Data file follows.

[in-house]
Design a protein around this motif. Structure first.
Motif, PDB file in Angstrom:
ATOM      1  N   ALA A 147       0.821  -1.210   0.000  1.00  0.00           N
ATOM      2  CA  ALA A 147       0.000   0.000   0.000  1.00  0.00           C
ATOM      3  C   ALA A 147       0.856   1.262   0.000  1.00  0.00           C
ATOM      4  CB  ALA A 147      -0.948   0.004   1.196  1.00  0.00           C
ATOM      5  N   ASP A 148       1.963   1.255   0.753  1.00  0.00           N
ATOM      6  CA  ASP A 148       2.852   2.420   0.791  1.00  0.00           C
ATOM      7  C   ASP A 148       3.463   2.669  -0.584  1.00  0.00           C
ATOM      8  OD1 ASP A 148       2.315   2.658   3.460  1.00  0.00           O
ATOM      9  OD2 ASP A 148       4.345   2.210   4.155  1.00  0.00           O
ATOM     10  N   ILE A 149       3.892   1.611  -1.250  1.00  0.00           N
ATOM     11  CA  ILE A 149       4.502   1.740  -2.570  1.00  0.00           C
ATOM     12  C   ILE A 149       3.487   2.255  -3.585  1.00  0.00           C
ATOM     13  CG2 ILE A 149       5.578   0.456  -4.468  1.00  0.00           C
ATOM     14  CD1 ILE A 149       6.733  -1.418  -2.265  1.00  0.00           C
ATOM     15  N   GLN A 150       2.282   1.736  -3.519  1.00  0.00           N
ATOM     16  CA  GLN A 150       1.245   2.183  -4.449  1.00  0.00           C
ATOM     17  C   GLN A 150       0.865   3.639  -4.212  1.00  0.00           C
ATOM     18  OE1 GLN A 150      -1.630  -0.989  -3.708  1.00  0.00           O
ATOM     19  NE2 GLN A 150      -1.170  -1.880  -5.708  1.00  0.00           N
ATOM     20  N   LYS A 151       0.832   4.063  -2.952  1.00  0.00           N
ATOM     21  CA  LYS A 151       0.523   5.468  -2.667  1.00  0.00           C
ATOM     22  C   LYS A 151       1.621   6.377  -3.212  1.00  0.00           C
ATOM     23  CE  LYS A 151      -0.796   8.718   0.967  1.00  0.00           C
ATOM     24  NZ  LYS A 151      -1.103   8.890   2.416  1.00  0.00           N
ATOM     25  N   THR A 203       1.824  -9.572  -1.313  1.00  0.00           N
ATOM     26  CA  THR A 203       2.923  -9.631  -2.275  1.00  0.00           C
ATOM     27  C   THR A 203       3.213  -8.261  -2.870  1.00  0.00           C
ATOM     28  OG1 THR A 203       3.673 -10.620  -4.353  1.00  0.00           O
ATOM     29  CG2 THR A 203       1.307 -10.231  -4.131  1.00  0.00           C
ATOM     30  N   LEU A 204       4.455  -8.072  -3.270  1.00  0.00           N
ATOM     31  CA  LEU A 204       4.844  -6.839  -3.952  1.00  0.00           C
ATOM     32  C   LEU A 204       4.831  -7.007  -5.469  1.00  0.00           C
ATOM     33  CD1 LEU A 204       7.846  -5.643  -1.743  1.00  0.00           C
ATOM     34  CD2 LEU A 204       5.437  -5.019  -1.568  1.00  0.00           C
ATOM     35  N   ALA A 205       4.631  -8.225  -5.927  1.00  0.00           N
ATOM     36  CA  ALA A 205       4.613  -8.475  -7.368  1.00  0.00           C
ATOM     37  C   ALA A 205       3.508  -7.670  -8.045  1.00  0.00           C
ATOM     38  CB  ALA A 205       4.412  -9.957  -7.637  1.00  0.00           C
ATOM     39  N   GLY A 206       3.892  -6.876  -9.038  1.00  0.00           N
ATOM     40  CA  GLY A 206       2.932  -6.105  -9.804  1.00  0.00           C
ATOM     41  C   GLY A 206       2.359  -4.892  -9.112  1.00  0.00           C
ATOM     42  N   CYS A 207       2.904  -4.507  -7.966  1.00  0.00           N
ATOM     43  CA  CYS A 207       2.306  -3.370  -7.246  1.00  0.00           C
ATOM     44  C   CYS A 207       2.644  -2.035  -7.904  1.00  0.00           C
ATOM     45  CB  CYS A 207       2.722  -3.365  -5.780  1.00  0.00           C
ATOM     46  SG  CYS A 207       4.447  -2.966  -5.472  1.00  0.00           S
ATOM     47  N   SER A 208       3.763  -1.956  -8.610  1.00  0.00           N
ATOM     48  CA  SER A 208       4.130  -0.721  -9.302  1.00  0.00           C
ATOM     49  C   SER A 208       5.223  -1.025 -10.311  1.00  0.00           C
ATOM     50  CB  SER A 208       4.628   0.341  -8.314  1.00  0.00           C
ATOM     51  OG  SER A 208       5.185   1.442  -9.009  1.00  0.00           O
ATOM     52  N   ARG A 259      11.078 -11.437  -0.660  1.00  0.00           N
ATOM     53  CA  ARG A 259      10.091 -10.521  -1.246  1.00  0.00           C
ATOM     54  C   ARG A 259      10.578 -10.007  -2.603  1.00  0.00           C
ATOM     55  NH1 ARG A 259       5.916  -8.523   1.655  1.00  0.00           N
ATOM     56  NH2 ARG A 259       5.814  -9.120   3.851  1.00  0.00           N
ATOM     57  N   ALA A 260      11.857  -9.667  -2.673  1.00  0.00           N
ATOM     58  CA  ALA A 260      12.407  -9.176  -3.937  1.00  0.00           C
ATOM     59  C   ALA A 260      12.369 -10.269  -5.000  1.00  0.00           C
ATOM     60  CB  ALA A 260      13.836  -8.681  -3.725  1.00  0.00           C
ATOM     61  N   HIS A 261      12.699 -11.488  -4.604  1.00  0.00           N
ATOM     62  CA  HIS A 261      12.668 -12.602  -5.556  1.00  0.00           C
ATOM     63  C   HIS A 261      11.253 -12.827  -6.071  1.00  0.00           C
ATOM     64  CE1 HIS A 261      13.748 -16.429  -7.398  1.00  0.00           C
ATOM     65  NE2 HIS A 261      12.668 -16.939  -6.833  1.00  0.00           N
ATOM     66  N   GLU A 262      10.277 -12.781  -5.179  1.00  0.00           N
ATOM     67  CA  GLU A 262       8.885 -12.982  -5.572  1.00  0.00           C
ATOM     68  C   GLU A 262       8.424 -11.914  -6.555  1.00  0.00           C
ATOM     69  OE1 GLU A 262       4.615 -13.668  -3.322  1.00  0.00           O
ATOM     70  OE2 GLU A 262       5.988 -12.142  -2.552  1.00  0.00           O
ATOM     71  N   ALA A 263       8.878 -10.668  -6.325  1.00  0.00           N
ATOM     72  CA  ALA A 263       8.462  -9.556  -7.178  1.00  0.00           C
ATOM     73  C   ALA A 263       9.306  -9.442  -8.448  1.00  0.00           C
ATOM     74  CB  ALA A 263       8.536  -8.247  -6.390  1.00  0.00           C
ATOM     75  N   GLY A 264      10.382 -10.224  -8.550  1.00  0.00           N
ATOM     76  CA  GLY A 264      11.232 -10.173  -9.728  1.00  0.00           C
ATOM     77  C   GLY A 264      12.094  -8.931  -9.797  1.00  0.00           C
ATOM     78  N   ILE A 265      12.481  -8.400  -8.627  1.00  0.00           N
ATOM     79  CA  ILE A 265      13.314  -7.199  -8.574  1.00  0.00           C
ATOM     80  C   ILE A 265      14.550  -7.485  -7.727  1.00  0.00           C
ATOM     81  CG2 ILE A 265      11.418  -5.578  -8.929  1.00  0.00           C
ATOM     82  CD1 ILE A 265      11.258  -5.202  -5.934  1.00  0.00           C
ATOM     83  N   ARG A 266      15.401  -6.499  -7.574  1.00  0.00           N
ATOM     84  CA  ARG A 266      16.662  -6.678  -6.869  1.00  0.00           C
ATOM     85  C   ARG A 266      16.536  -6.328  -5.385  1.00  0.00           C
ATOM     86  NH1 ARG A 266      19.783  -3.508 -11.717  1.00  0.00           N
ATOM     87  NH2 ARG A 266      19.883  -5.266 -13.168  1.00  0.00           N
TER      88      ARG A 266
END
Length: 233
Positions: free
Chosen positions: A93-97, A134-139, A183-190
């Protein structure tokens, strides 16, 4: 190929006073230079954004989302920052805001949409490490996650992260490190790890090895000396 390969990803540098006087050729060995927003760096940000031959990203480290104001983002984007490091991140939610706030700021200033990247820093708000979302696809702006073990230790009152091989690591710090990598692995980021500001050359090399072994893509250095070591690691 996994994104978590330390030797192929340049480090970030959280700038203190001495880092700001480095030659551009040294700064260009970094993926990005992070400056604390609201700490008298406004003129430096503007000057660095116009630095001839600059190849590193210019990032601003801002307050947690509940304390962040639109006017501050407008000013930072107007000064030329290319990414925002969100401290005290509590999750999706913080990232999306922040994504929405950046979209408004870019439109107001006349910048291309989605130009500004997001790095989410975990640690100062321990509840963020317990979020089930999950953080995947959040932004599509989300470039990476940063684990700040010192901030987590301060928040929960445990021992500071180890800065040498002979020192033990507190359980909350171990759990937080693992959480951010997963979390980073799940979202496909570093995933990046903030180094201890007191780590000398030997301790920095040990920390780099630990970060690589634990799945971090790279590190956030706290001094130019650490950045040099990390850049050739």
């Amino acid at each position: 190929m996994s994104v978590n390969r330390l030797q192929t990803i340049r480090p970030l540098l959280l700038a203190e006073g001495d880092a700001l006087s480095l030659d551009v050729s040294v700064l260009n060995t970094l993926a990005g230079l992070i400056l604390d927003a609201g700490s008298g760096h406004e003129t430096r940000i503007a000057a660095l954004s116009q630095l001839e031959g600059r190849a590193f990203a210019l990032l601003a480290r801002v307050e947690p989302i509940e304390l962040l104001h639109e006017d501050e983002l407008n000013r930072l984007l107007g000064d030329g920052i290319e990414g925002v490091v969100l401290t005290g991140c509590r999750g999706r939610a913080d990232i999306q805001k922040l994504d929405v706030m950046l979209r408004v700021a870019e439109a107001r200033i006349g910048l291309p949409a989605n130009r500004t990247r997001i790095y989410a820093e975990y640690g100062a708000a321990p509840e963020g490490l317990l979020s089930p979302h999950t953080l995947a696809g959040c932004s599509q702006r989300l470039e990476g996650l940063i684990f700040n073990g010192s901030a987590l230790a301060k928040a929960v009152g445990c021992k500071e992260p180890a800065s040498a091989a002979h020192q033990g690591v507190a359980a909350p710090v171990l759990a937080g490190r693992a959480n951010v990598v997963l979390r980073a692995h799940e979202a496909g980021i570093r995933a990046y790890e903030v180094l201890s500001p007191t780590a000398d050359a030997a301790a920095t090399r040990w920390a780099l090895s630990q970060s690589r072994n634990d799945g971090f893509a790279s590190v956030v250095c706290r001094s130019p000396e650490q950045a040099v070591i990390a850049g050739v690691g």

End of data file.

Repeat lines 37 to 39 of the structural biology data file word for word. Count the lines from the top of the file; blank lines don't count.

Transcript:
ATOM     34  CD2 LEU A 204       5.437  -5.019  -1.568  1.00  0.00           C
ATOM     35  N   ALA A 205       4.631  -8.225  -5.927  1.00  0.00           N
ATOM     36  CA  ALA A 205       4.613  -8.475  -7.368  1.00  0.00           C